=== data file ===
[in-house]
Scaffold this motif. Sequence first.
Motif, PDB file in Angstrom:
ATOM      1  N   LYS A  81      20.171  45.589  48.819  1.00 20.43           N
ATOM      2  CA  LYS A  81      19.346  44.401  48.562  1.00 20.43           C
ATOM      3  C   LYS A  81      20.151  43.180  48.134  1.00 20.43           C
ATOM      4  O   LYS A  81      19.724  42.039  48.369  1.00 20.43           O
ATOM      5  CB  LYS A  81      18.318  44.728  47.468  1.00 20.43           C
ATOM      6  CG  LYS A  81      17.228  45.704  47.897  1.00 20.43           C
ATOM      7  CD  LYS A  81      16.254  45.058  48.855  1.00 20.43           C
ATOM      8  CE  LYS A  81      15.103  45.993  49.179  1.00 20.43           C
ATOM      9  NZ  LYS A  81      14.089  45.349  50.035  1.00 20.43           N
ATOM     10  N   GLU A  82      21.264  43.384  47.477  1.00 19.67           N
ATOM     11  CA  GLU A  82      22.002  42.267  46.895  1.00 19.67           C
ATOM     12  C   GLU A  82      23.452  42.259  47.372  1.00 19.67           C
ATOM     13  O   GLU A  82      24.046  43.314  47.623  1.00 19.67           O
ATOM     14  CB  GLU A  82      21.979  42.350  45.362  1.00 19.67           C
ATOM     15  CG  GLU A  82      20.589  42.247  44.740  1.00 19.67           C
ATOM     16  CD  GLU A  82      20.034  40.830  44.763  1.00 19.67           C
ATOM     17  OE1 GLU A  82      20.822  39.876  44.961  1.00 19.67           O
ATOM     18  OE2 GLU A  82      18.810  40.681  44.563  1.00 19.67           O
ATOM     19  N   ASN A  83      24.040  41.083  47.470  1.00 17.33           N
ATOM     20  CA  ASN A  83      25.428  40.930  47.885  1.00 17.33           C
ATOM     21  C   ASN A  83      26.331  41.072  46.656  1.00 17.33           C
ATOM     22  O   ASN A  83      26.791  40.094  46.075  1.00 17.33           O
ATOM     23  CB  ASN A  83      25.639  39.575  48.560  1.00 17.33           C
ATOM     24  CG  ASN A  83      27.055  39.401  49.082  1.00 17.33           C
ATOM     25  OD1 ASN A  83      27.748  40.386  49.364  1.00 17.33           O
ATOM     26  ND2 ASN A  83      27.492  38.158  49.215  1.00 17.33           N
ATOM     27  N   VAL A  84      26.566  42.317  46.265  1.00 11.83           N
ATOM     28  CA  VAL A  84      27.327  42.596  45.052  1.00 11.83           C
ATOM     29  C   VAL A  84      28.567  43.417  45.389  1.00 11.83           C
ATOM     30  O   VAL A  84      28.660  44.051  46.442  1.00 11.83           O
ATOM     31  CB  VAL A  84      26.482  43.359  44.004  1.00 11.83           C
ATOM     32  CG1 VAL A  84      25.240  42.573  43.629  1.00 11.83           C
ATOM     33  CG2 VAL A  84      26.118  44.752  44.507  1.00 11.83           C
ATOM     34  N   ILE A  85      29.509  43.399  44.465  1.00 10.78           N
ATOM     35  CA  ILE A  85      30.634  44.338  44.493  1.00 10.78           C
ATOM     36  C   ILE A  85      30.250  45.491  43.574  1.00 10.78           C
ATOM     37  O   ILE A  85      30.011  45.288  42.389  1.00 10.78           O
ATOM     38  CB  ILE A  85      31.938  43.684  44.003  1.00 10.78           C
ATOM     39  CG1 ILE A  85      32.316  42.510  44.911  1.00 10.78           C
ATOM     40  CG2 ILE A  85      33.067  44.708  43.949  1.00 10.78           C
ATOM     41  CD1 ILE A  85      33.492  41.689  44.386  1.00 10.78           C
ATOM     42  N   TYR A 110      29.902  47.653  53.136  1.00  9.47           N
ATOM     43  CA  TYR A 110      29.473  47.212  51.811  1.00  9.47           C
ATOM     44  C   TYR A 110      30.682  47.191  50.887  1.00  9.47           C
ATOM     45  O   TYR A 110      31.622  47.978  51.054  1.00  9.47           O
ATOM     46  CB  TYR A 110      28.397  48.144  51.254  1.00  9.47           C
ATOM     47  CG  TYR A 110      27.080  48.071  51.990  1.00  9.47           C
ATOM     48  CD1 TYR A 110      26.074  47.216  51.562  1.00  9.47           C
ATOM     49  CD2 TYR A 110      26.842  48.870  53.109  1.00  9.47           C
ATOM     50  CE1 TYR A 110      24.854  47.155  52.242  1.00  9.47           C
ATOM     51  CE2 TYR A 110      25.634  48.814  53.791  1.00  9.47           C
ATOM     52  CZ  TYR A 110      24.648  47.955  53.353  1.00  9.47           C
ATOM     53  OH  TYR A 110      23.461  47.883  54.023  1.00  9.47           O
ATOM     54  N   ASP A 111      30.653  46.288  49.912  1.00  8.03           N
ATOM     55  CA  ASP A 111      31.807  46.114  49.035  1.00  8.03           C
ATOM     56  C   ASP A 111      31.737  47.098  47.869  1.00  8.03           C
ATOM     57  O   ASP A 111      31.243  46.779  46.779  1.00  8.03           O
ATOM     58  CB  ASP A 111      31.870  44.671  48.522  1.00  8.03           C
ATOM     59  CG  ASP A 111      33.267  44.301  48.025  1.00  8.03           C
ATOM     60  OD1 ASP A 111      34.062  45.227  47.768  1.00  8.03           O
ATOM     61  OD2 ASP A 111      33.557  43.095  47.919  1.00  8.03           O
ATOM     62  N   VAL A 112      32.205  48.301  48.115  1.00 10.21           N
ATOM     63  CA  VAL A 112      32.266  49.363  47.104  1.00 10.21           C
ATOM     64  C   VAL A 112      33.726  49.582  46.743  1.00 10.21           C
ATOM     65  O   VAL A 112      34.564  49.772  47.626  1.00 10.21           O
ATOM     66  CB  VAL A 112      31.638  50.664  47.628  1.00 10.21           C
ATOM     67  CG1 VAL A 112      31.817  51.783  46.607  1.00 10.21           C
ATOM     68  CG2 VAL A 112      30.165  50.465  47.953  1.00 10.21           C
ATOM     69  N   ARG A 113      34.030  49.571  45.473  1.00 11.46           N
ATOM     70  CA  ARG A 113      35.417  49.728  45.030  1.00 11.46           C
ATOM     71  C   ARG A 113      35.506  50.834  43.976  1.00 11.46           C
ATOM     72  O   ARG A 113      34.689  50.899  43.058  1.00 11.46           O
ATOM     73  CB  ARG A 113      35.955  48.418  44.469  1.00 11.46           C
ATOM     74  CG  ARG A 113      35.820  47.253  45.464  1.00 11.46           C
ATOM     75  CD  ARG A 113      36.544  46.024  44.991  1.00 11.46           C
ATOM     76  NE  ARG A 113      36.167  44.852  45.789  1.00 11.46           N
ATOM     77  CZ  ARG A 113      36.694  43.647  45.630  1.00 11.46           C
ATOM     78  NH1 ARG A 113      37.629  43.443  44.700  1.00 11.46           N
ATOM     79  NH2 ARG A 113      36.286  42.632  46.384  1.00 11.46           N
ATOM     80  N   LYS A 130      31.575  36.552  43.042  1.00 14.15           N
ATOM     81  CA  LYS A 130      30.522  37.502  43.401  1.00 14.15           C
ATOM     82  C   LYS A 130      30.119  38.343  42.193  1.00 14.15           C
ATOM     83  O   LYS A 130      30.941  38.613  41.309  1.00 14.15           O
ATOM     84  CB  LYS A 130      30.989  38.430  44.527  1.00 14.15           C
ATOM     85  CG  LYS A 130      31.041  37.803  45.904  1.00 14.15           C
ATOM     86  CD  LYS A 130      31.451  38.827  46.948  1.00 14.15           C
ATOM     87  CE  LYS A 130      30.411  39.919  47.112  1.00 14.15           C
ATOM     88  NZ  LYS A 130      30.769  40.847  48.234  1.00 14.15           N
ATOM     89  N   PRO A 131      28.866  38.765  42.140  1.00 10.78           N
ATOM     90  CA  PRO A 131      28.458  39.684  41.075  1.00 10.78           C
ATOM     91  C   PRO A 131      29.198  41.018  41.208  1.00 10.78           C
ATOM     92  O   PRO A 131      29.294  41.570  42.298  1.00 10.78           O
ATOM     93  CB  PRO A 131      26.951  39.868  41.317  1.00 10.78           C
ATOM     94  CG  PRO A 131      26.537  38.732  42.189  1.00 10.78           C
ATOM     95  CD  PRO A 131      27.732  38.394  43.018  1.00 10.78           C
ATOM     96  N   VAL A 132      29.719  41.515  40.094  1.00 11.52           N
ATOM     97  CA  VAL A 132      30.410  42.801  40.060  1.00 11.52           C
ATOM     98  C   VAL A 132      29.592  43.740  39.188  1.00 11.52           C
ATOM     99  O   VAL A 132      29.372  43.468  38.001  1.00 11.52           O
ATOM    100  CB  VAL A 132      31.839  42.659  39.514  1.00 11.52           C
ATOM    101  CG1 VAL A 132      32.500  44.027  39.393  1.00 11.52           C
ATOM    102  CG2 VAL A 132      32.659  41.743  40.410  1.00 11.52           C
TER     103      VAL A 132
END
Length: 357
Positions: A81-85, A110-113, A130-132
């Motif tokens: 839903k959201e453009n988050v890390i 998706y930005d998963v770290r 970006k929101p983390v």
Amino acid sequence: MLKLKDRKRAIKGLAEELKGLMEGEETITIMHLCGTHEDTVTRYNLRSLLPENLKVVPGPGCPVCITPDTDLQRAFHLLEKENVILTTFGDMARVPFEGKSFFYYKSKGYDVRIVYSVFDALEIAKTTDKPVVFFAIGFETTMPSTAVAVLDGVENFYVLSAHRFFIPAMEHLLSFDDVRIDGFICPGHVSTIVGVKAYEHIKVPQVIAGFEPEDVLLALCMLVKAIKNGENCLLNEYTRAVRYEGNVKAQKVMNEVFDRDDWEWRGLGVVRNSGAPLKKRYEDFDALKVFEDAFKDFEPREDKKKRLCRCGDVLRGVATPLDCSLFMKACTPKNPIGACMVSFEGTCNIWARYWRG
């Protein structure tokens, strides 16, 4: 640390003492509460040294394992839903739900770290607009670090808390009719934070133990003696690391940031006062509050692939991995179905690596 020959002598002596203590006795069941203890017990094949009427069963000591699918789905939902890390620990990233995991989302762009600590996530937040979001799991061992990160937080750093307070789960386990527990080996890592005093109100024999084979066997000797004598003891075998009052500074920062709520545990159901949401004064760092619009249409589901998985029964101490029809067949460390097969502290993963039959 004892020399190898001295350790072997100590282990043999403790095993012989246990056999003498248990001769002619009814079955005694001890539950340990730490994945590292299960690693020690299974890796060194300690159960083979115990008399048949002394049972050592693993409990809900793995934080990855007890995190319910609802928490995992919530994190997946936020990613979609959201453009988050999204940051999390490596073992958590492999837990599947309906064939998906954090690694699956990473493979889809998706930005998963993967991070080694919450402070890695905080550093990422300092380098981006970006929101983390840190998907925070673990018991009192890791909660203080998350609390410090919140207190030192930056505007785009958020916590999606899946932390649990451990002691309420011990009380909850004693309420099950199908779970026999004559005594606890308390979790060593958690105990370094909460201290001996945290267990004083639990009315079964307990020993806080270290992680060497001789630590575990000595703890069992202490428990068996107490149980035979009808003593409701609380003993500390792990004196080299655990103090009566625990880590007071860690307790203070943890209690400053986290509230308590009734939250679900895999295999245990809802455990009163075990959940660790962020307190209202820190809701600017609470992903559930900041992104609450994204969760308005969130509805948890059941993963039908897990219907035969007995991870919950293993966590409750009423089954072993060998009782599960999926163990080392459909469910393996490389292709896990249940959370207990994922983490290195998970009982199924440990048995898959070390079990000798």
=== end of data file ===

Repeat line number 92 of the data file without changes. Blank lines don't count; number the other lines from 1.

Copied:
ATOM     89  N   PRO A 131      28.866  38.765  42.140  1.00 10.78           N